For individual, joint and trust investment accounts, you will receive a Consolidated Form 1099 including details of dividends paid (Form 1099-DIV) and security sales (Form 1099-B), if there were any such transactions in your account for that tax year. If there were no security sales or dividends paid into your account, you will not receive a Form 1099. This is most often the case if you opened the account near the end of the year. Most likely this form will be available around the third week of February. We'll email you as soon as it is available.
For individual, joint and trust cash accounts, you will receive a 1099 tax form if your cash account generated more than $10 of interest in the previous calendar year. Most likely this form will be available on January 31st. We'll email you as soon as it is available.
Retirement accounts, including Traditional, Roth and SEP IRAs, will receive a Form 1099-R only if a distribution (withdrawal) was made during the year. If you made contributions (deposits) to your IRA account for the tax year, you will receive a Form 5498 detailing those contributions in May. If you made no contributions to your IRA for the year and took no distributions, you will not receive tax documents for your retirement account.
You can contribute to an IRA or Roth IRA account for the previous year up until the April tax filing deadline, so these forms won't be available until the end of May or possibly later, but you should still include any IRA or Roth IRA contributions when filing your taxes. Read more about Form 5498 for IRAs here.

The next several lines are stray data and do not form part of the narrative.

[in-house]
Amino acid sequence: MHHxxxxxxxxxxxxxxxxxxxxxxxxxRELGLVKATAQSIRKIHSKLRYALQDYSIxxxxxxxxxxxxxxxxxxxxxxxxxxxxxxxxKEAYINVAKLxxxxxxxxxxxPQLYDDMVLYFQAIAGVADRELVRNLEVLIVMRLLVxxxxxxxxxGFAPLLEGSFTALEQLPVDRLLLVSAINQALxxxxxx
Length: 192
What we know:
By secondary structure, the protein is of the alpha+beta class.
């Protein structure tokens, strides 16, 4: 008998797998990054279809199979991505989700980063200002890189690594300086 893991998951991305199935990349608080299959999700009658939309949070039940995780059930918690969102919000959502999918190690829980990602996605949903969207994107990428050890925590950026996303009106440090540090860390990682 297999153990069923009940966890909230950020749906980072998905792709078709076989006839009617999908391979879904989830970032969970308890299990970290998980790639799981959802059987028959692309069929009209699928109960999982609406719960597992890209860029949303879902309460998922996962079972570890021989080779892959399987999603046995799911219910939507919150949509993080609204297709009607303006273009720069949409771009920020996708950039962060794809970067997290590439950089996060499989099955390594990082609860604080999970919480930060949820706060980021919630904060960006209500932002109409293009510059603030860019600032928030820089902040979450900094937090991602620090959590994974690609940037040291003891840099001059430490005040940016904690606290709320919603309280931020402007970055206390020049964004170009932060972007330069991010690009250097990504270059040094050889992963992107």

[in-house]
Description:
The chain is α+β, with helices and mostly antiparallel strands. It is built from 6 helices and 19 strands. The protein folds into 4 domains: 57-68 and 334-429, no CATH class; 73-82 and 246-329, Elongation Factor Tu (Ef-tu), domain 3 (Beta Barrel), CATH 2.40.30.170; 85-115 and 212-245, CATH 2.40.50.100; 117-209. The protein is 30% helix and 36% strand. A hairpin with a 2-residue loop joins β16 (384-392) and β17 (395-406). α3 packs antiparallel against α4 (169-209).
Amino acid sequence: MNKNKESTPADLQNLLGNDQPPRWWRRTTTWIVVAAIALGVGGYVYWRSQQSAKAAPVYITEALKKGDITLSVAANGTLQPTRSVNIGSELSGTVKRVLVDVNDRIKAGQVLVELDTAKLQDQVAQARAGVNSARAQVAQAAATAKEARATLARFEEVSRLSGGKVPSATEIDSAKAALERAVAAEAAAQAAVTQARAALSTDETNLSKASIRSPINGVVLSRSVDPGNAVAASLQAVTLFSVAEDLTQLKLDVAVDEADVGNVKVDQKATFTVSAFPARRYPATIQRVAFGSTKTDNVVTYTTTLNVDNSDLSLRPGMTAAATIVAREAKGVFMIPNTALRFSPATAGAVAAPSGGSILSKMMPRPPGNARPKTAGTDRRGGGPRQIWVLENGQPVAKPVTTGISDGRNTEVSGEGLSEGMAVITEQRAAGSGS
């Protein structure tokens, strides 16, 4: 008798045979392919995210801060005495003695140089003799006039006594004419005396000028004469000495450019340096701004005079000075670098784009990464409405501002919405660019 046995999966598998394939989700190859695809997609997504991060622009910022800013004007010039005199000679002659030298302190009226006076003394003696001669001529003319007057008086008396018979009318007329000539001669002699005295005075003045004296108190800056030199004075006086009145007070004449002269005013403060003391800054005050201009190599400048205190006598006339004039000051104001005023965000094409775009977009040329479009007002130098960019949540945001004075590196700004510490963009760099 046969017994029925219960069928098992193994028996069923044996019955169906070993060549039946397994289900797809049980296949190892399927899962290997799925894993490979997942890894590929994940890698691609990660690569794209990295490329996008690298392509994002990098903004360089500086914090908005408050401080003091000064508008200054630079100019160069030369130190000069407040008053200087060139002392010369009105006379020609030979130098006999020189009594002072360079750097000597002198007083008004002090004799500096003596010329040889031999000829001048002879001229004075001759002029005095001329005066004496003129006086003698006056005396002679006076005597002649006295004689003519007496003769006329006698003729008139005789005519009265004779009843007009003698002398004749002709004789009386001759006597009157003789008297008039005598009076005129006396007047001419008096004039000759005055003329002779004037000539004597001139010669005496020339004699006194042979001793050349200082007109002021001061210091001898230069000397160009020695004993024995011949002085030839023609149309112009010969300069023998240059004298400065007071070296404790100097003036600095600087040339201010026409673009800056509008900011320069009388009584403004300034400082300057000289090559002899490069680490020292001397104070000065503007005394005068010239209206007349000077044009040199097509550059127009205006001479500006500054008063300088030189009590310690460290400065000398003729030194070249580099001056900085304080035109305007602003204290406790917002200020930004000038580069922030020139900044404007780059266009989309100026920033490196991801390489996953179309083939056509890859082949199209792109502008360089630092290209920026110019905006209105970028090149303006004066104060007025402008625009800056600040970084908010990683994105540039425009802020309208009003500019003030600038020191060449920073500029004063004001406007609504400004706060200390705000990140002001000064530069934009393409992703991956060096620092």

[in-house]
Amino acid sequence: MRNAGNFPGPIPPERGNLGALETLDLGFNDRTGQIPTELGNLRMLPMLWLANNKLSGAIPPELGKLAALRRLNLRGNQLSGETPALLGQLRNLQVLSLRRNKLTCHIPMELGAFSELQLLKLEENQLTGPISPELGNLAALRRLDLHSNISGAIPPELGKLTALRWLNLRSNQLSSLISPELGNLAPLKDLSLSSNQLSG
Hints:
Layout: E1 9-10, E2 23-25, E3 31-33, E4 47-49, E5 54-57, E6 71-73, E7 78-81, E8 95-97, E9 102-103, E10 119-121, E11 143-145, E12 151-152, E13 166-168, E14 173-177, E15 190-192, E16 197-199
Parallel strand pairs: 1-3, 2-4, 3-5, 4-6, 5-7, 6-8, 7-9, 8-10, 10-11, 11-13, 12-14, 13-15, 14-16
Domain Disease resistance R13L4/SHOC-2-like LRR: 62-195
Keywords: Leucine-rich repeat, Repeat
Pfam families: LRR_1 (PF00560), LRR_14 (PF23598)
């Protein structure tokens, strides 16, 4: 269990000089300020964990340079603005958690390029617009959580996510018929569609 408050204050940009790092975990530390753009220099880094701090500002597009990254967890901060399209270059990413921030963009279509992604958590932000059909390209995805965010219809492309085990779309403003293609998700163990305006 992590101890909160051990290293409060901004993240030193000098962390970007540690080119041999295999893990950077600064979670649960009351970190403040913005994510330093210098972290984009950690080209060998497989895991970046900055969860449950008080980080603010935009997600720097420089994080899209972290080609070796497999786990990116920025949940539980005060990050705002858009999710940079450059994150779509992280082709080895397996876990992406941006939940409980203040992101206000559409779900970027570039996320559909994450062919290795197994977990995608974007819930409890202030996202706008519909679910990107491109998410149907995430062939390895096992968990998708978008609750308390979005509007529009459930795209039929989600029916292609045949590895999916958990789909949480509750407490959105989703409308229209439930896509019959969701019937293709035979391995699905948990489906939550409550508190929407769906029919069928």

For 529 College Savings Plan accounts with any distributions/withdrawals, we’ll post a 1099-Q.
Corporate accounts are reported according to the tax classification of the corporation (e.g., C-Corp, S-Corp, Single-member LLC) you selected when opening the account. Any applicable tax documents generated for your corporate account will be posted to your Taxes & Documents page. For many corporate tax classifications, the IRS requires that the corporation report any taxable transactions directly, in which case you will not receive a Form 1099 or similar document from Wealthfront. Instead, your accountant or tax preparer will likely rely on the detail provided in your monthly account statements and/or trade confirmations, also available on your Taxes & Documents page.
Wealthfront prepared this article for informational purposes and not as an offer, recommendation, or solicitation to buy or sell any security. Wealthfront and its affiliates may rely on information from various sources we believe to be reliable (including clients and other third parties), but cannot guarantee its accuracy or completeness. See our Full Disclosure for more important information.
Wealthfront and its affiliates do not provide tax advice and investors are encouraged to consult with their personal tax advisor. Financial advisory and planning services are only provided to investors who become clients by way of a written agreement. All investing involves risk, including the possible loss of money you invest. Past performance does not guarantee future performance.